i am vegetarian and eschew all non-food animal products (wool, leather, beauty products made of or tested on animals, etc). i admire vegans greatly and cook many vegan meals (which is how i came to your site) but have no real intention of becoming one. do i feel guilty about that? i have, but no longer. at 36 i don't feel the need to justify my choices to anybody else, and i don't need to be able to affix a one-word label to describe my complex feelings toward a complicated social issue.

    vegan + is cute. and if you like it, i think you should feel free to call yourself that.

    i like your blog particularly because i find inspiration in the meals you prepare with leftovers or what's on hand in your pantry. i hope you continue to share that. imho, you should celebrate sharing your vegan meals as as a form of animal activism. life's too short to focus on reactions or "labeling" from non-perfect persons (for who is?) who might nitpick your "perfect veganism."

  2. Oh Cheryl...bless you sweetie! I cheat too. I have sushi a couple of times a month. A spicy tuna roll does me good....when my joints ache and I'm tired and cranky a treat of sushi and red wine makes me feel better. There I have confessed too!

  3. You are such a wonderful writer, and an even more impressive person. Cheryl, like you, I find myself often saddled with anxiety about how others may judge/pooh-pooh my professed and self-assessed identity...especially when it comes to faith. MY Christianity is not my mother's or anyone else's, but it is mine and God's. Your veganism is YOURS. It brings you joy and health and happiness. Celebrate it, and let NO ONE cast a stone! :)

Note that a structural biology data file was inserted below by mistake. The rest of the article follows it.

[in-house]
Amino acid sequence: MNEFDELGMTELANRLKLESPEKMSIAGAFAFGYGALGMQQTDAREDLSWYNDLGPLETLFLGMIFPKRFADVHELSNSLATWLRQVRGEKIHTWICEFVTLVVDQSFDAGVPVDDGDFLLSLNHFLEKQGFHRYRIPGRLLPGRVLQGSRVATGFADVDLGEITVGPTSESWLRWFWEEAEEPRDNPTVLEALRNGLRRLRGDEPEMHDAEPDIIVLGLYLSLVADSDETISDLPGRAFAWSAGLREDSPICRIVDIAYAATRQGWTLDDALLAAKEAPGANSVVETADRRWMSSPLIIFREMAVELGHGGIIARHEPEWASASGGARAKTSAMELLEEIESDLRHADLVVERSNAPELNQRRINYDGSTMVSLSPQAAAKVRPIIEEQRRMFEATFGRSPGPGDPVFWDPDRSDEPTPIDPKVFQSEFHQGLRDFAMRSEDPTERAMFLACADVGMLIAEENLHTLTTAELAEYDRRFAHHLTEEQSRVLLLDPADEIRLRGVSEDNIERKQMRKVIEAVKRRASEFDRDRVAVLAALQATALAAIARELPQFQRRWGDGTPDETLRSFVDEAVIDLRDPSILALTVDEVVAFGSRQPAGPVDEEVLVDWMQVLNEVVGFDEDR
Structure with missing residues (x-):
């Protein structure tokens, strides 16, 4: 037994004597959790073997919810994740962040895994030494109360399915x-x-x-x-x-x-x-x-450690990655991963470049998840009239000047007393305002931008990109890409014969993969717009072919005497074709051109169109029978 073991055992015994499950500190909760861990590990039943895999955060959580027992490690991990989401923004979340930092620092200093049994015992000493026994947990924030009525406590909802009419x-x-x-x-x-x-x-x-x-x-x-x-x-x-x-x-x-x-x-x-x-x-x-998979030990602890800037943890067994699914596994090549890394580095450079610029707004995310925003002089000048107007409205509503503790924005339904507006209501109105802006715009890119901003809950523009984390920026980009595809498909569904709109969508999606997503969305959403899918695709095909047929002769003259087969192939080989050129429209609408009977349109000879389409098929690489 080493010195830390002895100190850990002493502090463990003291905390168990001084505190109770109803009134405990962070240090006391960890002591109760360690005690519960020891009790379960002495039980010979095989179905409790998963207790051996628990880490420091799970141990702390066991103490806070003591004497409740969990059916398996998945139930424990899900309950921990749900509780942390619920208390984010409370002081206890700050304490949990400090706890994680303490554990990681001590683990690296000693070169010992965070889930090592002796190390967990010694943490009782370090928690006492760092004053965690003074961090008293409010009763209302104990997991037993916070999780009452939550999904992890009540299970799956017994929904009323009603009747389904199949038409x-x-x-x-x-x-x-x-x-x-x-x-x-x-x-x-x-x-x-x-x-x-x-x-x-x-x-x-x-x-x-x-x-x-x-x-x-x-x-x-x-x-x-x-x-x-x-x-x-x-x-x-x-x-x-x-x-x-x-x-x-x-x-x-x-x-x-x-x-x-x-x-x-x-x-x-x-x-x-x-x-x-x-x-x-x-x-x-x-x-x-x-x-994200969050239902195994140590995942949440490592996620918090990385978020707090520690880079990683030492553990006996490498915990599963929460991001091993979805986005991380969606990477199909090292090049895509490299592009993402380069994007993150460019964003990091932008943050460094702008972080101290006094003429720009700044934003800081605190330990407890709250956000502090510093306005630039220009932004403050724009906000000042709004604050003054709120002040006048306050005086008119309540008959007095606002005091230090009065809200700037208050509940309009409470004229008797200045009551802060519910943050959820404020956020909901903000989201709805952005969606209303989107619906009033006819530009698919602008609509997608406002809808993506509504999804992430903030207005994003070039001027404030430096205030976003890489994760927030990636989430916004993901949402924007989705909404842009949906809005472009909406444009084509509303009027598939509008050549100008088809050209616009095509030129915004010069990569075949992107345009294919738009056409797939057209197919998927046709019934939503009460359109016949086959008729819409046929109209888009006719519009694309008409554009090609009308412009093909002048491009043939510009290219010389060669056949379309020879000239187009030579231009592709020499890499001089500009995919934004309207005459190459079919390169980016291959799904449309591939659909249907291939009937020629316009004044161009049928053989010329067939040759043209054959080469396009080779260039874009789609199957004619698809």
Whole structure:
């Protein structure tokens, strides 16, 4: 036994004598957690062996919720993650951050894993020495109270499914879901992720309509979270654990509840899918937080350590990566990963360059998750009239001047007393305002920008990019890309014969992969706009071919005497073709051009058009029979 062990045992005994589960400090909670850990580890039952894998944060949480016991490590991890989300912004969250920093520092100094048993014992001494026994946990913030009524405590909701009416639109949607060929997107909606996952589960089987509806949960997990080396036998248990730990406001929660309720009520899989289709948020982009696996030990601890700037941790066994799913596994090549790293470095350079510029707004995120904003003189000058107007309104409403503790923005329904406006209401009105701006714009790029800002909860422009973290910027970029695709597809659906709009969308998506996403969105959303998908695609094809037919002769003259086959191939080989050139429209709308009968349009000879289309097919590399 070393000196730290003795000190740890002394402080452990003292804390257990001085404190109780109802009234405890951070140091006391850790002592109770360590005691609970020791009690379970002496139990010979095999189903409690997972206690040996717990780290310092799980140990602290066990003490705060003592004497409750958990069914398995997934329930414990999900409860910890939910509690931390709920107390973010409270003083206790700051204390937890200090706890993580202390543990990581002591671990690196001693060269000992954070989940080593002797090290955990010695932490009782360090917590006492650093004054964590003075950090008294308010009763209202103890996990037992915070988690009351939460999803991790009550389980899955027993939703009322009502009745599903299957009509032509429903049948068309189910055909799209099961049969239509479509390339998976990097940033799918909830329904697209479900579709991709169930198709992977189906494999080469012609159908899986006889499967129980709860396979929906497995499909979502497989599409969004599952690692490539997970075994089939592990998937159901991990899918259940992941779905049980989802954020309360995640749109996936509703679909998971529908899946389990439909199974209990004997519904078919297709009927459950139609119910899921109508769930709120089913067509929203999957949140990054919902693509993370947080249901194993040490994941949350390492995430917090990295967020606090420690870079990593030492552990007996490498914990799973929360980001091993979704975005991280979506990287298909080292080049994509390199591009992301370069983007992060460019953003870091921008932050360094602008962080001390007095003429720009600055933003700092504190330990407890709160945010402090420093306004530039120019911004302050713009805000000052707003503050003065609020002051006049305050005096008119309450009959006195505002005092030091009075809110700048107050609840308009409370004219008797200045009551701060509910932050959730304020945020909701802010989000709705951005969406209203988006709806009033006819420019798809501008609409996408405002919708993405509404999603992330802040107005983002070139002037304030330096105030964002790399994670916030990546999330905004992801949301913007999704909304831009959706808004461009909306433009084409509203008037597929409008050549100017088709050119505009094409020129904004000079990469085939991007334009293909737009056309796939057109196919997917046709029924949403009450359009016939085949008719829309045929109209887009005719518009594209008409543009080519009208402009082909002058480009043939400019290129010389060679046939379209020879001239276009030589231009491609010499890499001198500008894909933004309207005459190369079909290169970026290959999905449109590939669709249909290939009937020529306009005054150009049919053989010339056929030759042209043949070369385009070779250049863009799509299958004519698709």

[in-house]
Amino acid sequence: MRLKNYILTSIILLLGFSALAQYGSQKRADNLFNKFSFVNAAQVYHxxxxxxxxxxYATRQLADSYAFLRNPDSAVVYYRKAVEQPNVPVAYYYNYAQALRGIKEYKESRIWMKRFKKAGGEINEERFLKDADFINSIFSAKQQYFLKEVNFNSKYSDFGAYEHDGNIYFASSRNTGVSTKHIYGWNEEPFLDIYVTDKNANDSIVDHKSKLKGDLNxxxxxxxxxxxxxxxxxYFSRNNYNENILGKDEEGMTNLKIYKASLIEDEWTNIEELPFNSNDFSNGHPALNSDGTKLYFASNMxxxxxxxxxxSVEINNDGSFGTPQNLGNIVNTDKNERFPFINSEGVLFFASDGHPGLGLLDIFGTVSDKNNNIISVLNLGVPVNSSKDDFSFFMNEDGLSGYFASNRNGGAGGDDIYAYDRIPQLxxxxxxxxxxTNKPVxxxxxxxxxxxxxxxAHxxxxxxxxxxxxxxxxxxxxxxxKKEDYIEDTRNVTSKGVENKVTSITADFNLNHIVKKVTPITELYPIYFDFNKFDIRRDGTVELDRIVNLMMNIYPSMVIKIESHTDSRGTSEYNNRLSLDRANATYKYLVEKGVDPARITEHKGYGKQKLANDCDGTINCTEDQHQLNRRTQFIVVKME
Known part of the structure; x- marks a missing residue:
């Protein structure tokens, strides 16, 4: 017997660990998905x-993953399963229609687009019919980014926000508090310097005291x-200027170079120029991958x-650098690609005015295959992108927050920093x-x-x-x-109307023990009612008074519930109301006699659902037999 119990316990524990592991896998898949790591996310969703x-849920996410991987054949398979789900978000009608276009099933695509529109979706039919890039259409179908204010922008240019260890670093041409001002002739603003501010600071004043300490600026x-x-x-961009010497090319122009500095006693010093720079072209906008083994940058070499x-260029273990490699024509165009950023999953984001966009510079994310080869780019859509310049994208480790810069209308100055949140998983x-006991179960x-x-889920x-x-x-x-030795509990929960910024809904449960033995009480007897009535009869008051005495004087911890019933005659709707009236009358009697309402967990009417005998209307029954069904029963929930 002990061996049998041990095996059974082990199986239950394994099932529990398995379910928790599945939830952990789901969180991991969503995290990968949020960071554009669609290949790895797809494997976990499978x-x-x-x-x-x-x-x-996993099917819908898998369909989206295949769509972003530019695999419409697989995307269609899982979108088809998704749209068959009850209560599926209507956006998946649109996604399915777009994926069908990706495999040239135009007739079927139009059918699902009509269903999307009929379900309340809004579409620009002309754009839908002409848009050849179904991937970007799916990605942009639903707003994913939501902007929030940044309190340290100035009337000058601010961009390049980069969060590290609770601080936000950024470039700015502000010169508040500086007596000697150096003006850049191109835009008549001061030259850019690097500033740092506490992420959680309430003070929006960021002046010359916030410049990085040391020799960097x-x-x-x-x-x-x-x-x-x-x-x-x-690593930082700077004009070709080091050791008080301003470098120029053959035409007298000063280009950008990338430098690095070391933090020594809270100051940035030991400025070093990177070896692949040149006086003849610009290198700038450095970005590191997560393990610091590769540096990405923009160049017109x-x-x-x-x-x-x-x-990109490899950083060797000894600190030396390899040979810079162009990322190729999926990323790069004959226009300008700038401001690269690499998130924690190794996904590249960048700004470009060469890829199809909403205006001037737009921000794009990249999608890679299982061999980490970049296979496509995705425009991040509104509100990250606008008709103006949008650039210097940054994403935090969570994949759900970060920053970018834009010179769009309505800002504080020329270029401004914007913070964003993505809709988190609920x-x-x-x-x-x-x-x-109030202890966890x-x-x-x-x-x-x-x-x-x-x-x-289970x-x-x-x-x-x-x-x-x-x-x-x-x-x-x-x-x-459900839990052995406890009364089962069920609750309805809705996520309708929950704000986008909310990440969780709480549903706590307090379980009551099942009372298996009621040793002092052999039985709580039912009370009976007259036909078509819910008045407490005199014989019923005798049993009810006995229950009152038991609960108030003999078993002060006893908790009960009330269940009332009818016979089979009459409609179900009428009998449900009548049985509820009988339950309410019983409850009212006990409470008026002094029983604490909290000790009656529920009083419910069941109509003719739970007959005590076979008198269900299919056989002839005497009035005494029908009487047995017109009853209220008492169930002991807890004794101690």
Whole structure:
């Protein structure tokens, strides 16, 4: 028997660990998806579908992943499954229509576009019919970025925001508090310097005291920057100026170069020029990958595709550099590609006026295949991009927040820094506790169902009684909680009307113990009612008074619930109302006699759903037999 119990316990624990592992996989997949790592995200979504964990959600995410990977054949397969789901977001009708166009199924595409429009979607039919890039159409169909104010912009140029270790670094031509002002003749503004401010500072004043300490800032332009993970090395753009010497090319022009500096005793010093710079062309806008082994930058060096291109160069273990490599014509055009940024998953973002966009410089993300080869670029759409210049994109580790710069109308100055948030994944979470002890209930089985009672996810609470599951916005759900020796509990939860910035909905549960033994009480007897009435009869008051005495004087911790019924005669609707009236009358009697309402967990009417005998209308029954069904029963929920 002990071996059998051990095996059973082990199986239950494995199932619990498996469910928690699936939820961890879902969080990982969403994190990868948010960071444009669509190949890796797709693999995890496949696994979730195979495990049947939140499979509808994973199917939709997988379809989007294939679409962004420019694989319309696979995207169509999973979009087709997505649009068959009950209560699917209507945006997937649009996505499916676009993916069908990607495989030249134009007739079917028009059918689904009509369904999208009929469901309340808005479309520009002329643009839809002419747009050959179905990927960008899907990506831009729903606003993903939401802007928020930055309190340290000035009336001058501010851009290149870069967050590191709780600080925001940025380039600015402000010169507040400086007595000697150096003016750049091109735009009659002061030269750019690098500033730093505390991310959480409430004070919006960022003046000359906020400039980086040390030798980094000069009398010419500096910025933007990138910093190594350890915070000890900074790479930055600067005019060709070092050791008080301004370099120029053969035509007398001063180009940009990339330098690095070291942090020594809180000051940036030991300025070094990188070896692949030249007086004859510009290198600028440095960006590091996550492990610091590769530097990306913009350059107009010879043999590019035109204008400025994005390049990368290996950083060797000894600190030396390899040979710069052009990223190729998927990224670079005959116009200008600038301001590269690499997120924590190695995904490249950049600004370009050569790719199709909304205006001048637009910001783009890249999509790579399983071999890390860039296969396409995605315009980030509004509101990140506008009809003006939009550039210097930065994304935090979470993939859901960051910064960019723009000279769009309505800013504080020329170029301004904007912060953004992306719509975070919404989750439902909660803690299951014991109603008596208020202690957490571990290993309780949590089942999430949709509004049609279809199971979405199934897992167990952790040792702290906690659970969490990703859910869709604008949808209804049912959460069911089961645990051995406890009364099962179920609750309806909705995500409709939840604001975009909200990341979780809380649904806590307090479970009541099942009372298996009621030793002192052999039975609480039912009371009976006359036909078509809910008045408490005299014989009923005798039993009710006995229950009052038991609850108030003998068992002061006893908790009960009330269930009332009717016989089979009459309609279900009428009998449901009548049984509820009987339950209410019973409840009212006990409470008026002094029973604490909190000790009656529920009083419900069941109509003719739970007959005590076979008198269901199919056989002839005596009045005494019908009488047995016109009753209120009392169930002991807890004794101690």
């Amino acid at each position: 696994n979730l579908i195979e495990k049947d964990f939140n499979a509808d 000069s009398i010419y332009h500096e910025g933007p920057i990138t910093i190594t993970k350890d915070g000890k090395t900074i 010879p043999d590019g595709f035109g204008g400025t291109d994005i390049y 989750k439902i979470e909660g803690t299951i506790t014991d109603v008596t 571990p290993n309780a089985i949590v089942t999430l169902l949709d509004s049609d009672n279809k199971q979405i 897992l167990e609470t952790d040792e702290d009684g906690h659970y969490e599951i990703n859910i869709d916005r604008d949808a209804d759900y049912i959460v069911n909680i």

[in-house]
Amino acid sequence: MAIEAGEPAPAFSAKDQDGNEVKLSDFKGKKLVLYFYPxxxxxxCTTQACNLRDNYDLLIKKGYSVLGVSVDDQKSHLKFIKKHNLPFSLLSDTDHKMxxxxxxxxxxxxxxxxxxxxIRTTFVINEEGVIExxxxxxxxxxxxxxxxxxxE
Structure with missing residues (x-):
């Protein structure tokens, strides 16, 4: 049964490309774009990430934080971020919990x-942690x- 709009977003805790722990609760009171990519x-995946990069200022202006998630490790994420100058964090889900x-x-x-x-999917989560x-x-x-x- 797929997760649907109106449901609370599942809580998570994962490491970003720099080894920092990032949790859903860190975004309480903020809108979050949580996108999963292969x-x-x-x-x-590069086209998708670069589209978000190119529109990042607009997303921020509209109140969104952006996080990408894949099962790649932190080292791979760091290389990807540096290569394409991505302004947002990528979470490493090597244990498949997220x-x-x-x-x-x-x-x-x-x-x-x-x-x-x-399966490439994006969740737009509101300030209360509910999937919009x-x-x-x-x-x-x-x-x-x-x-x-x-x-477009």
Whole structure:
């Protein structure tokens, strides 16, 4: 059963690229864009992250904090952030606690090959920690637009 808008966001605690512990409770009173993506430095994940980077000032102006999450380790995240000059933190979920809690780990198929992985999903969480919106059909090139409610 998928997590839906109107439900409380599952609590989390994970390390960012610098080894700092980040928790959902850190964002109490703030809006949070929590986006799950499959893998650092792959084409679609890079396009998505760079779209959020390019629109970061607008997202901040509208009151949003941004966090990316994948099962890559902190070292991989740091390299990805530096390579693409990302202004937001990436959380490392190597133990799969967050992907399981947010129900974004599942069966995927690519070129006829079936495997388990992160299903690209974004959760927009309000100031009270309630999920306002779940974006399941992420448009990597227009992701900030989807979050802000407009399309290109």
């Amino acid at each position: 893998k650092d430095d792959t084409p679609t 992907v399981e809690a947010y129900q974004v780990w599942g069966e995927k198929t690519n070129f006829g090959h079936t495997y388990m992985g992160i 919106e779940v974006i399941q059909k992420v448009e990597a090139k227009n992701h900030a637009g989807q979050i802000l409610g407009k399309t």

Love you so, and miss you much!

  4. Let's go -- Thanks for the comment. I think you should feel proud of the steps you are taking to make the world a better place. I'm glad you like what I do with leftovers. I mainly just hate to waste food, so that's how it gets started. I'll be putting more of that out there once the kids get back to school.

  5. Joy and Cheryl -- Thanks for the thoughtful comments! Much appreciated ~

  6. I love you Cheryl! Cheryl Lage said it best "Your veganism is YOURS". Make it work for you, and we should all listen to our bodies. That is indeed the most important aspect of any diet or lifestyle. Thanks for your raw honesty dear one!

  7. I am uneasy with all dogmas and pre-cut moral decisions that make one-size-fits-all mantras. I think as humans, identifying with a group is safe, but dangerous in that it leads to an us-against-them mentality. These walls only divide us and serve no good.

    I'm ashamed to say I HAVEN'T strayed from the strict vegan diet since I switched, and it's not only because of the fact that I truly haven't had the desire. It's also a healthy amount of fear that I'd have to explain myself.